But worst of all you presume to know all about me assuming things that I have never mentioned. I've been to the Museo Reina Sofia, in Madrid, Spain and seen the painting by Picasso. Have you? I lived in Germany not too long after the war and and visited the death camps. What do you really know about it?
I'm just making a simple statement that out schools are not preparing students for the good paying jobs and you seem to think that they should be training them to save the world, but who will pay the rent?
Posted by The Answer Is TEA Z, a resident of the Another Pleasanton neighborhood neighborhood, on Mar 8, 2013 at 6:02 pm
Yes, I should spend my time googling Michael L.
And yes, what good is saving the world when there is rent to be paid? Obviously your 'interaction' with Picasso's Guernica didn't provoke much of an effect, beyond you assuring us that you've been there and seen it. Yeah? And you've seen death camps. Yeah? What kinds of reflection did those activities provoke? Well, there, only silence. Perhaps because your selling technology doesn't require reflection?
Obviously you come up pretty short in a number of areas. Beyond an apparent disrespect for how our language expresses the clarity of our thought, there are also matters of being able to recognize a clearly sarcastic post and distinguish it from a serious one. Go to the back of the class, Michael L.
When you mention so many positive effects of technology, which you are paid to sell, without recognizing the negative effects (which you are paid not to mention), yes, I'm able to deduce quite a bit about you. You sell technology in a blind, unthinking manner. You have no artistic sensibility. You reduce academic fields to their exchange value without recognizing the importance of things like policy planning, the social organization of scientific practices, the need to understand the interface between technological intervention and distinctive people's own cultural needs, to mention only a few.
You haven't sold me (or anyone else) in the least with your fervant, one-sided evangelical pitch. I think you "taught" yourself how to sell technology without having studied much, at all, in the areas of human interaction, culture, sociological forces, philosophy, history. Ah, but you've been to Madrid....
Posted by Michael L. , a resident of the Vineyard Avenue neighborhood, on Mar 8, 2013 at 6:06 pm
Anon I'm not just talking about technology skills or awareness of what is going on with technology. I'm talking about letting students learn to think and explore. If you want to be able to learn in college you have to start early with developing the skills. Forcing canned lessons and treating them like prisoners does not lead to developing good learning skills.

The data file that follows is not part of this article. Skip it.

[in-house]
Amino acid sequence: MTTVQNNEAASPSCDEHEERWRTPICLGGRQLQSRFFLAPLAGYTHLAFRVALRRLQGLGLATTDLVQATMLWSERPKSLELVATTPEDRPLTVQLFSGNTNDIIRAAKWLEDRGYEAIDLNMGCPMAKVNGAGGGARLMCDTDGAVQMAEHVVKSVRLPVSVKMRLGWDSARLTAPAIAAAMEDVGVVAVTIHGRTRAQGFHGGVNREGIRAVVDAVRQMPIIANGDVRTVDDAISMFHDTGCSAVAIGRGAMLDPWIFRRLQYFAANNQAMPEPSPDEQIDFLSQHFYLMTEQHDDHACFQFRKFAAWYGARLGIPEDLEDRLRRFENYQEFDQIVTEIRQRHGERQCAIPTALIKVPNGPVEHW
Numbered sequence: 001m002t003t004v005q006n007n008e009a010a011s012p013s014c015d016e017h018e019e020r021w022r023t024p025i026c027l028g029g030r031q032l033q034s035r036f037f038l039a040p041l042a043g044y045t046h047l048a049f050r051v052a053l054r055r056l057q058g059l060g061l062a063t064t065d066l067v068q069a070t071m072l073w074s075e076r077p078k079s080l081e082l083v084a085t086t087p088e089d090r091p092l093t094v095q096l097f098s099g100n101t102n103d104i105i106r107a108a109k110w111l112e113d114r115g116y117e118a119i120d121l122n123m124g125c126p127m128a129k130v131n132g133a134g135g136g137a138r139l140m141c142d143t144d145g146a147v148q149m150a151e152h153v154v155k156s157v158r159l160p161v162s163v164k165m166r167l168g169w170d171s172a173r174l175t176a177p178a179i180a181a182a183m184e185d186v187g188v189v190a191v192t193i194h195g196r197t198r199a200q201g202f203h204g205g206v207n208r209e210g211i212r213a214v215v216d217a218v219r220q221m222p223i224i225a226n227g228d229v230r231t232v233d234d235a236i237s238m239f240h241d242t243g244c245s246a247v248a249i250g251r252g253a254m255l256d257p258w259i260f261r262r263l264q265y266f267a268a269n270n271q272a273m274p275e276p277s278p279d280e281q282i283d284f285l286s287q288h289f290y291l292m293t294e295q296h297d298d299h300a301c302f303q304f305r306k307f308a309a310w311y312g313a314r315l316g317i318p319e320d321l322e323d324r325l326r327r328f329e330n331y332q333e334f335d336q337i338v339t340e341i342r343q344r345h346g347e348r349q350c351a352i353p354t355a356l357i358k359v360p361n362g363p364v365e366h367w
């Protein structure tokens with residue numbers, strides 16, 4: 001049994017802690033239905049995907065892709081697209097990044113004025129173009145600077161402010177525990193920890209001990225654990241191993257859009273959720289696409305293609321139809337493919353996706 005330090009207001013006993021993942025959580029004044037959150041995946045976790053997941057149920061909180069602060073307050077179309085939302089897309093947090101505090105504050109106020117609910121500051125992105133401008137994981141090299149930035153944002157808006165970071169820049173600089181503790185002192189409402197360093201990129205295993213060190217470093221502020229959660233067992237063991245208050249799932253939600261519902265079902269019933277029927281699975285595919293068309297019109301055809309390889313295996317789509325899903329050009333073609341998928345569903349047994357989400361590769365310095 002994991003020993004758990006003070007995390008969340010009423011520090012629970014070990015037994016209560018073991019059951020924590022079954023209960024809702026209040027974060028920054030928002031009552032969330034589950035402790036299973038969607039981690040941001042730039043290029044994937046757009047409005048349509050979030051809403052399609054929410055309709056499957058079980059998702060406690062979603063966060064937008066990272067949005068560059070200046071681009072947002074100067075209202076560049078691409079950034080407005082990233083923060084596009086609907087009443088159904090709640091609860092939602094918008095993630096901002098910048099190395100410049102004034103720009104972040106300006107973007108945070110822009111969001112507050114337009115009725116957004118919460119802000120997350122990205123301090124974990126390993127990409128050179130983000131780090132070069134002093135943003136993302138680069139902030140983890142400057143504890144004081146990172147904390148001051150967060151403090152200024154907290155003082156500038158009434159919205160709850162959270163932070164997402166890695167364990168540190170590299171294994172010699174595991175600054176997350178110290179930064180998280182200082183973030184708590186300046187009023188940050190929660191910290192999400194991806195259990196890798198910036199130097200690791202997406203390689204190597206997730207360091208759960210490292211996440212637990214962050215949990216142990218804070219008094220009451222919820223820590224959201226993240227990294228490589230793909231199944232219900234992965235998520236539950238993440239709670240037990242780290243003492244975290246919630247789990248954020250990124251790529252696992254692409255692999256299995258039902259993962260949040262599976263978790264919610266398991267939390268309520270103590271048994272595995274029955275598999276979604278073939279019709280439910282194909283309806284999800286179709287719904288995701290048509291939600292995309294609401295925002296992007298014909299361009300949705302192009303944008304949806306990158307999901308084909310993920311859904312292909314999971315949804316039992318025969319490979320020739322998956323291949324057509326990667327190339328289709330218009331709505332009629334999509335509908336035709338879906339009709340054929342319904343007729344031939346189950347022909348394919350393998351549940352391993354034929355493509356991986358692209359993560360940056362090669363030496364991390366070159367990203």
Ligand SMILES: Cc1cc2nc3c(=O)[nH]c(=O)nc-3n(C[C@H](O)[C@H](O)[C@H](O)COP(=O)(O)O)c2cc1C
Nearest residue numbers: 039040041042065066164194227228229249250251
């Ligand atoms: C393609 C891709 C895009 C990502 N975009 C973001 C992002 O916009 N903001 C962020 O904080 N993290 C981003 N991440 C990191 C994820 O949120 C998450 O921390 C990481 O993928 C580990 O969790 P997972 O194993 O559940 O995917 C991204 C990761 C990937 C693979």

People all over the world desire to come here and work in Silicon Valley and many of them do manage to come here and get good jobs, yet our high school and college graduates have poor grades and lack skills and have high unemployment. This is evident by the idea that we need the no child left behind program and the standard test, but I'm saying that they are extensions of a stifling education system and what we need it less of a prison system and more freedom to learn. If you make it interesting they will want to study.
It is a fact that majoring in subjects like philosophy and the social sciences leads to unemployment. That's not my assertion. There are stats to back it up. That's not to say that I don't like the subject and I've read many books by philosophers, but what I'm saying is that students will be much happier if they have interesting and well paying work and they can go and save the world in their spare time. I mean do you really think that an unemployed college graduate with a degree in social science and a big student loan debt who is living back at home is feeling so great?
And Tea Z you ridicule me for being self taught in tech, after I found that my social sciences degree was not taking me anywhere, yet my employers like my work and pay me well for it, so who are you to judge. I'm proof that independent study works.
Posted by Michael L. , a resident of the Vineyard Hills neighborhood, on Mar 8, 2013 at 6:21 pm
Tea Z. you can't tell the difference between what I'm talking about, Internet technology, and the technology of war. You obviously have a serious axe to grind and you are bitter with your constant attacks. I'm sure you are a pleasure to talk with in person. You are not being sarcastic you are being passive aggressive, and you think that you speak for everyone else, so you are arrogant. How do you know what else I've studied. I have stacks of books and I've been to museums and I have the picture and the stamps in my passport, but I don't need to prove it to a troll on PW. One day I realized that being just another person with a social sciences degree and not making any money wasn't fun so I got on the computer wave and it's been much better since then and I'm just sharing that. Sorry that I interfere with your agenda. Now I'm done responding to you.
Posted by The Answer Is TEA Z., a resident of the Another Pleasanton neighborhood neighborhood, on Mar 8, 2013 at 6:43 pm
This is almost too funny. I've travelled all over. I've got books on my shelves. I'm well paid by my employers for whom I stoke the ovens. I've seen Guernica. And I must be okay because people pay me.